Herbert Henry Dow
Dow Chemical is one of the world's best known companies, but what is not so well known is that the founder of the company, Herbert Henry Dow, spent the first twelve years of his life growing up in Derby! He was born in Belleville, Ontario, Canada, on February 26, 1866, but the family's hometown was Derby, and Dow's father, Joseph, moved them back when Henry was only six weeks old. The father was an inventor and mechanical engineer, and he found work as a master machinist for several local companies where he both improved and maintained their machines. That was a period of industrial growth and prosperity in Derby. The father worked mostly in the field of steam turbines. In 1873, Joseph went to work for the Derby Shovel Manufacturing Company. When the company relocated to Cleveland, Ohio, in 1878, and young Henry moved with his family at the age of 12.
According to various biographers, young Henry was inquisitive and industrious. At age ten, he earned enough money on his own to finance a trip to the Centennial Exposition in Philadelphia. After leaving Derby with a solid foundation for life, he graduated from Case Western University where he studied chemistry though it is said that architecture was his first choice of study, but the university didn't have it. Upon graduation, he worked as a chemistry professor in Cleveland while continuing his own research on bromine. His work in extracting bromine through electrolysis led to his 1891 patent for the Dow Process. That eventually led him to create the Dow Process company and then the Dow Chemical Company.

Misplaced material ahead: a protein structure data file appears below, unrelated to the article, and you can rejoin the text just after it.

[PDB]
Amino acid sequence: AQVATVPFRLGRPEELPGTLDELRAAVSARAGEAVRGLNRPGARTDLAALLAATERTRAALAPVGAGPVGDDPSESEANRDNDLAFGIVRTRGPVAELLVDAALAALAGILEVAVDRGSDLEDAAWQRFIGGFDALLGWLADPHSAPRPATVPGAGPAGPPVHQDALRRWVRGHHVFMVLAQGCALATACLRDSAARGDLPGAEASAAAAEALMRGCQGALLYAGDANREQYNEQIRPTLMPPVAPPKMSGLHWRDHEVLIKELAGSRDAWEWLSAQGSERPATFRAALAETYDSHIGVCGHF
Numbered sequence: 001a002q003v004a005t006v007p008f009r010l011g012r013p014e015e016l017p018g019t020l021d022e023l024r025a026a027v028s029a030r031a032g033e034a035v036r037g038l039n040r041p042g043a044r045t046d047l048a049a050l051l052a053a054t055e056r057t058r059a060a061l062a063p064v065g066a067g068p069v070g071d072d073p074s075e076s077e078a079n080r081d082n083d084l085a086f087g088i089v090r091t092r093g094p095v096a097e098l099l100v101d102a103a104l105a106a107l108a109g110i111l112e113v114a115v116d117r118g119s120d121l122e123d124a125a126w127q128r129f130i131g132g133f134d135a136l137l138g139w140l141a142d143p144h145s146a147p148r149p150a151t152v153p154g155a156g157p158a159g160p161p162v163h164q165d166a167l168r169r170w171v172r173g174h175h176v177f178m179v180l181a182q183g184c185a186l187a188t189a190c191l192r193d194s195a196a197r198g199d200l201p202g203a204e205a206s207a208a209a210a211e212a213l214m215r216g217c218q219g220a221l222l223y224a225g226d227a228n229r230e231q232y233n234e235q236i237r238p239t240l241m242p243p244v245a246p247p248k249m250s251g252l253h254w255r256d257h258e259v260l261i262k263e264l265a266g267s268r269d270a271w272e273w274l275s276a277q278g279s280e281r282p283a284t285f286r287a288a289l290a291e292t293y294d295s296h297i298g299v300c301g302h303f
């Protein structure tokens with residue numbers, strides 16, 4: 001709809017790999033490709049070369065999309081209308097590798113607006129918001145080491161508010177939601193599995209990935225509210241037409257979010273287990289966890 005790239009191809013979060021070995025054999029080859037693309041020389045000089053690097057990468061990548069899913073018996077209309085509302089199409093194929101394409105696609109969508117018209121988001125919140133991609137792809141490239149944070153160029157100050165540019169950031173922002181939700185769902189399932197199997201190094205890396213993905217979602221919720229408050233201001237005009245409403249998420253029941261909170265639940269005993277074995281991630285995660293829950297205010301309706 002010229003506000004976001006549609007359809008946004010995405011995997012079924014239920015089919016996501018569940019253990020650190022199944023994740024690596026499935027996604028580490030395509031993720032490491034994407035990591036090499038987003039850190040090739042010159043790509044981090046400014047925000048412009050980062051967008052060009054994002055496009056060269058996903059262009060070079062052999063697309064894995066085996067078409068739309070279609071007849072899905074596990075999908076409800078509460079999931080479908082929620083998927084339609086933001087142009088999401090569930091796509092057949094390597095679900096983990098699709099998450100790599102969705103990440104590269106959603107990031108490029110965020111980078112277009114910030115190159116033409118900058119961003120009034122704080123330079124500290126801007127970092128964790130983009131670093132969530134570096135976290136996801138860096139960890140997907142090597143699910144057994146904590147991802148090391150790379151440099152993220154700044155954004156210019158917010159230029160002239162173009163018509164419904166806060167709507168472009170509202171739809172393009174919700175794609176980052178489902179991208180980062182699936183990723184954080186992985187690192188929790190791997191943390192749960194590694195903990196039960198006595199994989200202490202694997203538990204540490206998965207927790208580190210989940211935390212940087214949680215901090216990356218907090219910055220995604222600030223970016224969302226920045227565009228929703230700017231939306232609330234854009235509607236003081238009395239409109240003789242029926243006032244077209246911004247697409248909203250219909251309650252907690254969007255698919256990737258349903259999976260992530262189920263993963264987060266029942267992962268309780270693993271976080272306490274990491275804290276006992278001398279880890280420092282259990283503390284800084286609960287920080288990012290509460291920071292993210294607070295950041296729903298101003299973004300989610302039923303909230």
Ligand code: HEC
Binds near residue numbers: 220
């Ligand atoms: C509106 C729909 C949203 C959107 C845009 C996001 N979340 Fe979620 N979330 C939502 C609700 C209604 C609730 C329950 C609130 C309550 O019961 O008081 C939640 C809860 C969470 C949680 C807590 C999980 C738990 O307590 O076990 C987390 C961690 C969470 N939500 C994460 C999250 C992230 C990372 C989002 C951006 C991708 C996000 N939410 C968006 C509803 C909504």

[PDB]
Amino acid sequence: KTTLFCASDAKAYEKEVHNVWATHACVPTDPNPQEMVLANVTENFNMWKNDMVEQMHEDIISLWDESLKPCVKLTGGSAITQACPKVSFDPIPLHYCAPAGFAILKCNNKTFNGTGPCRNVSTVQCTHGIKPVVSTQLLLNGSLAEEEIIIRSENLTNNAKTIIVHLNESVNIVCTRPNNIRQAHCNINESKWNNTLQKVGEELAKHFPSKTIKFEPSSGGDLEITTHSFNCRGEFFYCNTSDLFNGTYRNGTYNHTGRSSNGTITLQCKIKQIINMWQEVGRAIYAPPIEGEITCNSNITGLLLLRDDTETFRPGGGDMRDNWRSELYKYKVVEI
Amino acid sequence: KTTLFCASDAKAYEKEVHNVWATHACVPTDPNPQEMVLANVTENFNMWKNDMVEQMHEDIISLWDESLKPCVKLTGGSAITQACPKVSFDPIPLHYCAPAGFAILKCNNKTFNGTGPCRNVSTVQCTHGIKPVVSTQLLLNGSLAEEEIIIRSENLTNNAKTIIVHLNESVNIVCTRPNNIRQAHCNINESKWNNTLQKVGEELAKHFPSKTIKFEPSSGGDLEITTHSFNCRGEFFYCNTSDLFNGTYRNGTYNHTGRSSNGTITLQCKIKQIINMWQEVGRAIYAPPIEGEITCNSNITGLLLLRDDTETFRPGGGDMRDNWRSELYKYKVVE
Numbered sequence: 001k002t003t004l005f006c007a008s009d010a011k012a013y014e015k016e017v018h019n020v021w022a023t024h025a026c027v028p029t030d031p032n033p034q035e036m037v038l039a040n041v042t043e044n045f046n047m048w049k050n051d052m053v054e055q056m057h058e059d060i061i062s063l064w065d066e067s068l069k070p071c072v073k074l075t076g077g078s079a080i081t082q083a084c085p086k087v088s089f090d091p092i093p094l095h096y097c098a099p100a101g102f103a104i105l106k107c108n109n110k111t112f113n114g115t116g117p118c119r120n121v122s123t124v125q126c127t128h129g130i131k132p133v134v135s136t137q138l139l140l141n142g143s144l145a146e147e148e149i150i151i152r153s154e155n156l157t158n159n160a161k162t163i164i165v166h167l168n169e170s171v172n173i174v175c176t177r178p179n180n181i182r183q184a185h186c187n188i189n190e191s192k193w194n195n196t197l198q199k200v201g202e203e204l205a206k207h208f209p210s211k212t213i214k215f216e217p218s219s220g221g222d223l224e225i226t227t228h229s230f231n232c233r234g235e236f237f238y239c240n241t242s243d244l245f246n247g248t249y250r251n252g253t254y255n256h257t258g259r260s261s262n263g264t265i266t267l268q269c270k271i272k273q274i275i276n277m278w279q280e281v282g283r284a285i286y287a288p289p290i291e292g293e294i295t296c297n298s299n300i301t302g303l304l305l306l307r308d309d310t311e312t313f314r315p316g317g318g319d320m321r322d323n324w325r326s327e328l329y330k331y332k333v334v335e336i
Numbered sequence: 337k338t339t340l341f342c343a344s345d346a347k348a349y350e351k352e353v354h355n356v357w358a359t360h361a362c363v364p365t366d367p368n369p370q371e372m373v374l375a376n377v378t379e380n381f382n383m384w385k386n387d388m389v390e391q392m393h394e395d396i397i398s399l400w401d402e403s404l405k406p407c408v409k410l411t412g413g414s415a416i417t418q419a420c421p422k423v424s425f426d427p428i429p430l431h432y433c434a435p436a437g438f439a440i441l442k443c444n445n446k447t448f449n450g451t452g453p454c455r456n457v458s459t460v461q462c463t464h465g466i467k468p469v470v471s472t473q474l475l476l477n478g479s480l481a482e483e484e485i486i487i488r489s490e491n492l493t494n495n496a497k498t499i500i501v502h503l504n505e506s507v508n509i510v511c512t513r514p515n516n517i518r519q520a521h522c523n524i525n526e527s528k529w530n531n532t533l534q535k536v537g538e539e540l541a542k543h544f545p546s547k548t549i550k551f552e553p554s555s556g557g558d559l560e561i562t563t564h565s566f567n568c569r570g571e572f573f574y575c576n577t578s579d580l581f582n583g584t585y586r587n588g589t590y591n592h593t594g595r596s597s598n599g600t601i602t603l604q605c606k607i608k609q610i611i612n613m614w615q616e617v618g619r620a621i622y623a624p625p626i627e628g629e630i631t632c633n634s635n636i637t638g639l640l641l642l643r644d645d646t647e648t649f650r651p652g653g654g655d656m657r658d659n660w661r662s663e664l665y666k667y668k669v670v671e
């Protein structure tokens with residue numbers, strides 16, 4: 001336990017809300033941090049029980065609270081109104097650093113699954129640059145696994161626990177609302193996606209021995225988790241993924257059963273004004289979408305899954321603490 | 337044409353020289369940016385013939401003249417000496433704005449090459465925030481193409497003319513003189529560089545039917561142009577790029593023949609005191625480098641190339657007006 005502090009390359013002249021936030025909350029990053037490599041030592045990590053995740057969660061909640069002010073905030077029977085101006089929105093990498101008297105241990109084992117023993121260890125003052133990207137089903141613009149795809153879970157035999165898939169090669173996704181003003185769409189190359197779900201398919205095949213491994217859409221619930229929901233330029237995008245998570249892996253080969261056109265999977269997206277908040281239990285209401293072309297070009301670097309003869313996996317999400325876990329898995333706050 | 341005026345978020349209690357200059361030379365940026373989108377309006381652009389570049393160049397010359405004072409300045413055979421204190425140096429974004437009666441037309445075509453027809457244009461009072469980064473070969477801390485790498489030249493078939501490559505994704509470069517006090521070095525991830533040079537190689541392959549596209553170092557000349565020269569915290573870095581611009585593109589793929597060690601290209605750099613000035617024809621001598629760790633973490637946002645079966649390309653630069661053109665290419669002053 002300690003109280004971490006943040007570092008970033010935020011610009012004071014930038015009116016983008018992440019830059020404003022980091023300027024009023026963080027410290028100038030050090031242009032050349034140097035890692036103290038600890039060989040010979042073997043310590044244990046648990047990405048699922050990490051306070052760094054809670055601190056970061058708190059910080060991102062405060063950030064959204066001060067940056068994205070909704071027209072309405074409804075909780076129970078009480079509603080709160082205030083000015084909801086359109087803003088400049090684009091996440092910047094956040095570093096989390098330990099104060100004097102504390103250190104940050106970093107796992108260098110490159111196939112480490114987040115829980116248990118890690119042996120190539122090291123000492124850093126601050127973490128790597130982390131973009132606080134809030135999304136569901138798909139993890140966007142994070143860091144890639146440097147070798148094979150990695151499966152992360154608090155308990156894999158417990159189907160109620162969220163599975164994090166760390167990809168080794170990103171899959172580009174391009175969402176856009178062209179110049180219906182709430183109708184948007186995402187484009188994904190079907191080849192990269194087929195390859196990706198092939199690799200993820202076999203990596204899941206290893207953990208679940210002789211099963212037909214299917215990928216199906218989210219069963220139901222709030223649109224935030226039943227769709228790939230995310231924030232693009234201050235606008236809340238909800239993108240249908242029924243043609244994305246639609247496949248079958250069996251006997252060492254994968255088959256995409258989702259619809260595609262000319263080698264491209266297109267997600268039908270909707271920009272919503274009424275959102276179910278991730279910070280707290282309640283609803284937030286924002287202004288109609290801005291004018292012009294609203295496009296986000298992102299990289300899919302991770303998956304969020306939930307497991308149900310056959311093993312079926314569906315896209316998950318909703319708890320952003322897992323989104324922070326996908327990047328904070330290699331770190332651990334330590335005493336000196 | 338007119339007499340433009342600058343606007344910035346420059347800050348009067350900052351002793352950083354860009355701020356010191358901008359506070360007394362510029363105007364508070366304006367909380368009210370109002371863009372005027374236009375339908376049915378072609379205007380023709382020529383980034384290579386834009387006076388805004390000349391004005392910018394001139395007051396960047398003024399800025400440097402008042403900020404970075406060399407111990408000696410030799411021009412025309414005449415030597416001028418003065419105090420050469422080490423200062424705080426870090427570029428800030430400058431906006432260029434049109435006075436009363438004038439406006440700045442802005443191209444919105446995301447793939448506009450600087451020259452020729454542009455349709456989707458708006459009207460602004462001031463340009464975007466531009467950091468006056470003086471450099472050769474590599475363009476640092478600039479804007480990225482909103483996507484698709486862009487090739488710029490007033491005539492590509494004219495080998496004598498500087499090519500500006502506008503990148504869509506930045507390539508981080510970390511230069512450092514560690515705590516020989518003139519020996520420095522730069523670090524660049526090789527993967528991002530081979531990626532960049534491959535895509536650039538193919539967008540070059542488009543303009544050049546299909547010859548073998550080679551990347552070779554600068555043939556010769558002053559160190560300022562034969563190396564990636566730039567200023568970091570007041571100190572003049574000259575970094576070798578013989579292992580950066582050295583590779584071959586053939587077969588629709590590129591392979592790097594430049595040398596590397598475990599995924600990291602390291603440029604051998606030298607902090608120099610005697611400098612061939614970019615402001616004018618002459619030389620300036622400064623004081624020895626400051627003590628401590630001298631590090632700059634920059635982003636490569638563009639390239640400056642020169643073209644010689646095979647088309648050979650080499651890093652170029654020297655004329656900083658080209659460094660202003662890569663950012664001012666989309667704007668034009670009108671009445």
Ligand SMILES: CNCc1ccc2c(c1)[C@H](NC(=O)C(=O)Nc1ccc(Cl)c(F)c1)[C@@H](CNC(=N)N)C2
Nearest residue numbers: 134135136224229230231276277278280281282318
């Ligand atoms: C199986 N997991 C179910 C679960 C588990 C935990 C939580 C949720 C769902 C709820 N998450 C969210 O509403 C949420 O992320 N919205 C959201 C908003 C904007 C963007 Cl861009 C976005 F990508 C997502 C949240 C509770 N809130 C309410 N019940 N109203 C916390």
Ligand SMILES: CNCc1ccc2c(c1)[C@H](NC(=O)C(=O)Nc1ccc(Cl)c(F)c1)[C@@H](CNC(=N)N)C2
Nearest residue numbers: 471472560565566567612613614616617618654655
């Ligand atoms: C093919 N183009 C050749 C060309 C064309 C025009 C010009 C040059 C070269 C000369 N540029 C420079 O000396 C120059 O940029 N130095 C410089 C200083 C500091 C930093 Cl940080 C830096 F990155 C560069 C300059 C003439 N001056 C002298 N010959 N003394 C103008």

In 1930, he won the prestigious Perkin Medal which is given to a scientist residing in America for an "innovation in applied chemistry resulting in outstanding commercial development." Many consider it the highest honor given in the US industrial chemical industry.
Dow died in 1930 and his wife later started the Herbert H. and Grace A. Dow Foundation.
His favorite saying was, "If we can't do it better than the others, why do it?" That same spirit seemed in tune with many of the people who lived and worked in Derby between the Civil War and World War I.